Maureen Ryan

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Western Washington University

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Activities (3)

Ecological Autobiography part of Curriculum for the Bioregion:Activities
The ecological autobiography is a multi-stage reflective and written exercise that draws on students' personal history and experiences as they consider the ecological context of some period of their lives. The goal is to individually and collectively explore how the landscapes and ecological communities we have inhabited influence us as individuals, set the context of our lives, and influence our expectations of landscape. I have used this exercise in a variety of interdisciplinary courses, all focused at the intersection of ecology, evolution, and environmental history. The exercise can be easily tweaked to broad application across the natural sciences, environmental studies, environmental history courses, or other courses. The exercise involves two stages of personal reflection and writing, and a third stage of natural history exploration. These stages also can be combined or some can be made optional to shorten the assignment. The first reflection is focused on describing details of species or natural systems from memory; the second reflection is then intended to deepen personal connection and garner insights into the role that the remembered species or systems played in the individual's life. The third stage of natural history exploration is designed to enhance ecological knowledge and spark renewed curiosity about the species and natural communities that form the core of the reflection. While the assignment is completed independently, many students report that they turn to interviews of family members and friends to enhance their memory, and the assignment becomes a kind of collective revisiting and exploration of the places that they live or have lived together.

Migration: An Empathy Exercise part of Curriculum for the Bioregion:Activities
Migration: An Empathy Exercise is a multi-step reflective exercise designed to build empathy and personal insight into processes of loss, change, and reconnection associated with the disruption of personal and cultural connections to landscape. In the first step, students reflect individually on their experiences in unfamiliar landscapes and how they might feel were they to move away from a home landscape. Second, they envision personal means of building connection with new or unfamiliar landscapes. Having considered these questions at a personal level, students read or are presented with case studies of human movement and their consequences (historical or current). Finally, students reflect on new questions that arose as they considered case studies after thinking about migration or displacement at a personal level. Overall this process is designed to 1) build personal resilience in the face of future changes, 2) enhance understanding and build empathy for displaced or migrant peoples, 3) begin to consider the role of migration (and associated loss of knowledge and/or imported preconceptions about landscapes) in past land use (e.g. in the American West). The exercise can be done in class, or as an independent assignment with follow-up in class. The sequence can be altered depending on specific pedagogical goals. The context of the exercise can vary widely, with potential focus on historical, current, or potential future migrations and displacements of human populations. It can also be used as part of a broader curriculum to examine the implications of migration and displacement on land use. (For example, this exercise can be part of a broader curriculum on the colonization and development of the American West that follows What is the West?, another exercise posted separately in the Curriculum for the Bioregion). The exercise can be broadly adapted for courses in ecological sciences, environmental studies, cultural studies, ecological anthropology, or other classes focused on the intersection of human and natural systems.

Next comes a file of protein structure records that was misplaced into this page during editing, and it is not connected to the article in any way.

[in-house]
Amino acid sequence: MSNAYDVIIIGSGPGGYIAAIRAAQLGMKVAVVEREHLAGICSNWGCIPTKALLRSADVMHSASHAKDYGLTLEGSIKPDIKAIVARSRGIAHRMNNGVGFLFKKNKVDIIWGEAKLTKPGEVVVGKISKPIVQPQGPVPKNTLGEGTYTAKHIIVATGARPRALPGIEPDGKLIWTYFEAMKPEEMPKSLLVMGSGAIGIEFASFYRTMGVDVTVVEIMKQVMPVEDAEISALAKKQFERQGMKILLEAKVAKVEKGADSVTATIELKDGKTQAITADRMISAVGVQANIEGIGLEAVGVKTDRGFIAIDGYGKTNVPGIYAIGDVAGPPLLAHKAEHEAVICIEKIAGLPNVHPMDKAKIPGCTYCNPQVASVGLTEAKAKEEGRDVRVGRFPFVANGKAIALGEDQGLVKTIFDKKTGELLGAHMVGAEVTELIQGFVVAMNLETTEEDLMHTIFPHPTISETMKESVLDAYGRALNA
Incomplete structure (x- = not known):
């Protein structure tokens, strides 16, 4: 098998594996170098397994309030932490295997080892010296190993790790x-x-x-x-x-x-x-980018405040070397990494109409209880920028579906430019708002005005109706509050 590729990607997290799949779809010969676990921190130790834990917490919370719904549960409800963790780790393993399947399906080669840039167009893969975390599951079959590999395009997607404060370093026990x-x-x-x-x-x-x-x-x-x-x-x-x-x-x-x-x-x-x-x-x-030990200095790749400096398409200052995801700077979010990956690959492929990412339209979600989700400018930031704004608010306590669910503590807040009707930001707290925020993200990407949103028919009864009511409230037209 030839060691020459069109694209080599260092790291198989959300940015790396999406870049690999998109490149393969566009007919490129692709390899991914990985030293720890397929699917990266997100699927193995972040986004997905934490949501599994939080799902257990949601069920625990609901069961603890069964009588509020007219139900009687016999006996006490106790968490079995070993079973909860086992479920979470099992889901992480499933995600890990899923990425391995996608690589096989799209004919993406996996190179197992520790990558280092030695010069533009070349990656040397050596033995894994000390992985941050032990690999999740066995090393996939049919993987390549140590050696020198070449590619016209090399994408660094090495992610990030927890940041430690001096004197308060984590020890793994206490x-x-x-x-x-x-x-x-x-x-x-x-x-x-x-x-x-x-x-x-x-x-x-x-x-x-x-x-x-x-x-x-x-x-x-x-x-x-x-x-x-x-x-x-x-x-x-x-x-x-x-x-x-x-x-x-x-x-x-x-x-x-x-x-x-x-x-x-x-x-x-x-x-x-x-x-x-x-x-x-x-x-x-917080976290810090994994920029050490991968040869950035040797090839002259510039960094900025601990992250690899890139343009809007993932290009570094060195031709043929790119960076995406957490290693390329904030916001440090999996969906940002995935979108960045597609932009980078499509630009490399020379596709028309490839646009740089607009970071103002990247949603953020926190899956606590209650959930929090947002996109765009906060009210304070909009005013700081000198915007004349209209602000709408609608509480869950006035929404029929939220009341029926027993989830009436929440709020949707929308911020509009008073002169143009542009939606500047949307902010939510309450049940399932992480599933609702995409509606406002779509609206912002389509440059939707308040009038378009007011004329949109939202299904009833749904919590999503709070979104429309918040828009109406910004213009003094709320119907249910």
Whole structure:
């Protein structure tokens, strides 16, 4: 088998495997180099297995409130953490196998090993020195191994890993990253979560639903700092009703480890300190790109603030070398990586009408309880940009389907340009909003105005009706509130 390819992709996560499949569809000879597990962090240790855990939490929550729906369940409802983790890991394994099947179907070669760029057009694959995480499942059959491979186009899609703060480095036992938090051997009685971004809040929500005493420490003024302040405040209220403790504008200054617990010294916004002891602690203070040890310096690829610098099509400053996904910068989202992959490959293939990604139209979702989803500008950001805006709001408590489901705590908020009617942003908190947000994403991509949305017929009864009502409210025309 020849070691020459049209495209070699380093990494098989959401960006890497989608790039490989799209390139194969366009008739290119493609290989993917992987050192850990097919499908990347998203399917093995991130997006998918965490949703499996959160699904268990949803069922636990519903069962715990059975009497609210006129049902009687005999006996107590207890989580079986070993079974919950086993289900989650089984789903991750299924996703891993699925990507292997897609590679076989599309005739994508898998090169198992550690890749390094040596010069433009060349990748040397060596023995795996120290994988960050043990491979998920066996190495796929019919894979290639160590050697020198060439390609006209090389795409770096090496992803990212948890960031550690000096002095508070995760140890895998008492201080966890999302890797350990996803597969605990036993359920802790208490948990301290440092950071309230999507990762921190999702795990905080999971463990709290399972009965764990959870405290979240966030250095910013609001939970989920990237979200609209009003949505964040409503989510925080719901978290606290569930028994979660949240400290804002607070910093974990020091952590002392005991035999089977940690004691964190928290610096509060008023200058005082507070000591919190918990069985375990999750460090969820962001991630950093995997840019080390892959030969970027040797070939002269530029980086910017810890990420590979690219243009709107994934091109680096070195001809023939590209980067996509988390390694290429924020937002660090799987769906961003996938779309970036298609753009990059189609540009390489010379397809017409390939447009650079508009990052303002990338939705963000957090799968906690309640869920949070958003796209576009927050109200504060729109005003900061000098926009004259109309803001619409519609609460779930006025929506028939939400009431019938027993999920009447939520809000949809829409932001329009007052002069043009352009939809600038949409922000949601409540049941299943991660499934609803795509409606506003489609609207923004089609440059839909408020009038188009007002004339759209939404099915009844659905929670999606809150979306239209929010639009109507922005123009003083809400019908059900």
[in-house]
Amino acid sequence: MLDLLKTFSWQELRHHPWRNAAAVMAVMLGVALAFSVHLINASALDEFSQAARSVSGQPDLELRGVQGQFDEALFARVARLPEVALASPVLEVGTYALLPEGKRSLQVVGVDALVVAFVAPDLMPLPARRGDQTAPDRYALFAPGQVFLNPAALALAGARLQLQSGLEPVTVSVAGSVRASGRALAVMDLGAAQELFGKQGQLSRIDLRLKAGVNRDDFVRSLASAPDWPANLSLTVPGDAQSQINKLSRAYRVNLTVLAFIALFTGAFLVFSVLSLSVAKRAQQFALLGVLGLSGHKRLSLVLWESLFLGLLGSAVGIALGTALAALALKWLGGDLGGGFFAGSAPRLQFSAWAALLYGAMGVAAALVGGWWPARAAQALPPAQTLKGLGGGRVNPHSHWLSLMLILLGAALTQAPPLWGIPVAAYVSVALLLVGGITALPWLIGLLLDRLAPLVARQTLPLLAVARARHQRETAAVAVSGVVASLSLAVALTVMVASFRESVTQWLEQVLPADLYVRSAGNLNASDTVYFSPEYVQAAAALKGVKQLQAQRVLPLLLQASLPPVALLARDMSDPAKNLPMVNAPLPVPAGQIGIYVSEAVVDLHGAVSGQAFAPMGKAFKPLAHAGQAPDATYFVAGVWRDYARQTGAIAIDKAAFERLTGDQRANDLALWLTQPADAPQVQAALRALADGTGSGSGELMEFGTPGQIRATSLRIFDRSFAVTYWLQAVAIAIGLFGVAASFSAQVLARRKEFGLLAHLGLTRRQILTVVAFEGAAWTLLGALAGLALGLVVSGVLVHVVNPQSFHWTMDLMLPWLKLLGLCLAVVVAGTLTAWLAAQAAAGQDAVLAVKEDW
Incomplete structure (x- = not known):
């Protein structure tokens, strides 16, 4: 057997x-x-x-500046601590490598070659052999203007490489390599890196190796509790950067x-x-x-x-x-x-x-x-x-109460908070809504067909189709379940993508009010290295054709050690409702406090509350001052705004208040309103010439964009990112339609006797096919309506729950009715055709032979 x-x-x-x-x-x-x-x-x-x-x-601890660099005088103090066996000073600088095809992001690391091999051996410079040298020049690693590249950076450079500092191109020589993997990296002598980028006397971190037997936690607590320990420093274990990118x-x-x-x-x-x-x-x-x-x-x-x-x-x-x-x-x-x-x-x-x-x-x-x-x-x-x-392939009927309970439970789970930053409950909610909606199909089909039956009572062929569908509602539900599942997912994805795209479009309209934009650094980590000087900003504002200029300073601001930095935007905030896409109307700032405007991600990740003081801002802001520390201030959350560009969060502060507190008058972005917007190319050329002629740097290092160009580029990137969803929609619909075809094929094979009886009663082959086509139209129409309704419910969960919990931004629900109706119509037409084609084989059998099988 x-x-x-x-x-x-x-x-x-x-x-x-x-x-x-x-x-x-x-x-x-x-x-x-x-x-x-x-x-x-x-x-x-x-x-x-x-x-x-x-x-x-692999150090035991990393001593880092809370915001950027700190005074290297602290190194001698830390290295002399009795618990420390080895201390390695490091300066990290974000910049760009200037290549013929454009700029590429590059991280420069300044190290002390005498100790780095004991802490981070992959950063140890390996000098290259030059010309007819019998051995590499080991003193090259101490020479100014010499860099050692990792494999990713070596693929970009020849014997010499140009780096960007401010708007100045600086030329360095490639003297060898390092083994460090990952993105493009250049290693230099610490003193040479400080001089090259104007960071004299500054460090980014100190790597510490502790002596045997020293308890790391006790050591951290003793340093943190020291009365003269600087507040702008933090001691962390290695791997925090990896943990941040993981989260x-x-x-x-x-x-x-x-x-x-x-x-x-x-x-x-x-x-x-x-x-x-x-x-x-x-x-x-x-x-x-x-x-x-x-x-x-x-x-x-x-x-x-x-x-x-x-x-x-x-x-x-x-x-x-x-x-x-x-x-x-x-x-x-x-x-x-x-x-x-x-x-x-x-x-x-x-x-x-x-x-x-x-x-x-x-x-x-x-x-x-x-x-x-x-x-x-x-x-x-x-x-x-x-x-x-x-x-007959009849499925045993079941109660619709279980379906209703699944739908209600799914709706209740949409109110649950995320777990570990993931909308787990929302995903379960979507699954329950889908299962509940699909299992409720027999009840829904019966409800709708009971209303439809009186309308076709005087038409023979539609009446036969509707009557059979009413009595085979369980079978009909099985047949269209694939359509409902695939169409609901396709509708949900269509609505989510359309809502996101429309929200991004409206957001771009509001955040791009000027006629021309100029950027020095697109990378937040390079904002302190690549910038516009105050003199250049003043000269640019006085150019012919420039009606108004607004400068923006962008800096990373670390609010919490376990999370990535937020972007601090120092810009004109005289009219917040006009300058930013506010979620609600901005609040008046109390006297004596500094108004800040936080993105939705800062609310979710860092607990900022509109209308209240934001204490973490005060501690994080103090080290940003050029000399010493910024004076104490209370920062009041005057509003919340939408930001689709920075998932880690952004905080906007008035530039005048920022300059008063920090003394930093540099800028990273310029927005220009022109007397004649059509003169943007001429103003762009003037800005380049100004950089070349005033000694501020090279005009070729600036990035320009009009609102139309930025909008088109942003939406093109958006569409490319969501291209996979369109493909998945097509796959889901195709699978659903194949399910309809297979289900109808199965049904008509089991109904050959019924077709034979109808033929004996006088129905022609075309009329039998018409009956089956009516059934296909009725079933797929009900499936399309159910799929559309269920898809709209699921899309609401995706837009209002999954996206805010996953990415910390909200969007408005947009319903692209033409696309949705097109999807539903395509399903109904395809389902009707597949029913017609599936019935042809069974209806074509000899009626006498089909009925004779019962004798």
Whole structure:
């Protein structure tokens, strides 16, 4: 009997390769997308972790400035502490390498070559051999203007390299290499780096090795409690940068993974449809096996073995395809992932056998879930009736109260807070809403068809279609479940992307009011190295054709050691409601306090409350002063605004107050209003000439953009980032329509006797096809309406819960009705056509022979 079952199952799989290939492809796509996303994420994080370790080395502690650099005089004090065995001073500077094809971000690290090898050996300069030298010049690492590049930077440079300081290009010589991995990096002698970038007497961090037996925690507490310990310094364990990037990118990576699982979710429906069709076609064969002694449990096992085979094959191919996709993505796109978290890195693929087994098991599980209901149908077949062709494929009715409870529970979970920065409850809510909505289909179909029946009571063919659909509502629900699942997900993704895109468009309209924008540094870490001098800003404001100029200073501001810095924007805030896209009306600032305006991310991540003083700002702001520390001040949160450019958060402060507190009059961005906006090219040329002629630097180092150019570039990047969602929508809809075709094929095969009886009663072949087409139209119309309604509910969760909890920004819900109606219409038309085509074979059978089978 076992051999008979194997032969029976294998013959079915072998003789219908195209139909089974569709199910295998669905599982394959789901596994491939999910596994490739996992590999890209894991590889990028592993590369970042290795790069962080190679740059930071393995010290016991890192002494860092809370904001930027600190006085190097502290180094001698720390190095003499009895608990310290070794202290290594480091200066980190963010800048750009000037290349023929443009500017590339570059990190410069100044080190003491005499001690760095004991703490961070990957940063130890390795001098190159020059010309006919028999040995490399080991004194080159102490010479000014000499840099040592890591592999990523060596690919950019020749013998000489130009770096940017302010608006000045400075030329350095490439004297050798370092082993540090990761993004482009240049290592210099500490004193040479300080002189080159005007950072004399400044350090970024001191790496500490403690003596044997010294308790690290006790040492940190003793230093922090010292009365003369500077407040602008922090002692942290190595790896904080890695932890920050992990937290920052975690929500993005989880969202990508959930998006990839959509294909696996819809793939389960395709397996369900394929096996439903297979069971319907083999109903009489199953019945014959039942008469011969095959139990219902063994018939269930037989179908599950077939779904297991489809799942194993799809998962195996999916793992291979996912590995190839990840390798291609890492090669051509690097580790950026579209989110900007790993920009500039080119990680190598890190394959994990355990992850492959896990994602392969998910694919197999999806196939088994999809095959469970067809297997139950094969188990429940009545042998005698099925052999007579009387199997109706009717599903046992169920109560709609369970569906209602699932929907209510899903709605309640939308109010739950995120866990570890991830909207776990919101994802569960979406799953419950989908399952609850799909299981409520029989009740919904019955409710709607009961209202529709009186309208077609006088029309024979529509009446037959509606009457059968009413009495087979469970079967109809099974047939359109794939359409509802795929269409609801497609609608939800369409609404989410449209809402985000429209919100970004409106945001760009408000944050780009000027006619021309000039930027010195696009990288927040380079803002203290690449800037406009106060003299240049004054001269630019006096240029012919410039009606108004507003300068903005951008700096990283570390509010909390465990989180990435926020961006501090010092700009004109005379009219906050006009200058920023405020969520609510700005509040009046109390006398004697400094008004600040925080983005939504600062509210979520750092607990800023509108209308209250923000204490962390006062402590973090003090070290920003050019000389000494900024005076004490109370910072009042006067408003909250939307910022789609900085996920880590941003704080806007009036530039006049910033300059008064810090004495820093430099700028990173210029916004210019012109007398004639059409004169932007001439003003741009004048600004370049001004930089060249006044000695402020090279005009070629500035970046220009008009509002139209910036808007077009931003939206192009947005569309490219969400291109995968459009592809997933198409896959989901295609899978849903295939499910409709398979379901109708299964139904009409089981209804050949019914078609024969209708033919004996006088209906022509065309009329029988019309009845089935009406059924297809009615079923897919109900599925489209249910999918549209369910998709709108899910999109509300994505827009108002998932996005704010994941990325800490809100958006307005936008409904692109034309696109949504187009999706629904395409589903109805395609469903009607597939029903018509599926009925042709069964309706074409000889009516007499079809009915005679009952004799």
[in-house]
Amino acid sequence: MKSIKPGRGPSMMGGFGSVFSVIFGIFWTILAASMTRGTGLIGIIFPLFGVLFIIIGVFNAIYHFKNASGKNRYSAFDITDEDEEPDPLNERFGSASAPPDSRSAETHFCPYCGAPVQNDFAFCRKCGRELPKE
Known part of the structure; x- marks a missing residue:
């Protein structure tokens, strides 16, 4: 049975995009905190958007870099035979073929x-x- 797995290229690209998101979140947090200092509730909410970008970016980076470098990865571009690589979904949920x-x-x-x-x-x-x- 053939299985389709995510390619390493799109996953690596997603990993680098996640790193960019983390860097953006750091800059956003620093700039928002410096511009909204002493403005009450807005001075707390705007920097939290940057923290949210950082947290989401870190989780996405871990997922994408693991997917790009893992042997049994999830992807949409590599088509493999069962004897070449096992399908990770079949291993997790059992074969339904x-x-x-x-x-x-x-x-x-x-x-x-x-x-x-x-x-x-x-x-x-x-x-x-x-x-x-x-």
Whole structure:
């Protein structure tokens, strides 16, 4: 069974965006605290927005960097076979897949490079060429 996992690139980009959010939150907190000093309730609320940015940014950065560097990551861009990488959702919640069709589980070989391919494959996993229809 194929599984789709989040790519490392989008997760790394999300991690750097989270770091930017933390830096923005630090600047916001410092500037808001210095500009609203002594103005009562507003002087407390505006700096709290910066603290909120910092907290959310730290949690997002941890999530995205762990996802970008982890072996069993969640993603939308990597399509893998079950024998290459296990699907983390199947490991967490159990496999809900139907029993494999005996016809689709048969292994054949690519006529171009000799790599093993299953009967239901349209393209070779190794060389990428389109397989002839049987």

What is the West? part of Curriculum for the Bioregion:Activities
What is the West? is a written reflective exercise, with associated readings and discussion, designed to 1) build insight into how personal experiences shape our perception of landscapes, and the American West in particular, 2) enhance knowledge of the geography and ecology of the American West, and 3) illuminate the role of water (or lack of water) in the natural and cultural history of the American West. Through written reflection, selected readings, and discussion, students explore and contextualize their understanding of the West within the larger geography of the continent. The process highlights the ways in which personal experiences, cultural narratives & myths, and ecological knowledge influence perceptions of landscapes. This exercise can be followed by a separate exercise (Migration: An Empathy Exercise) also uploaded on this site.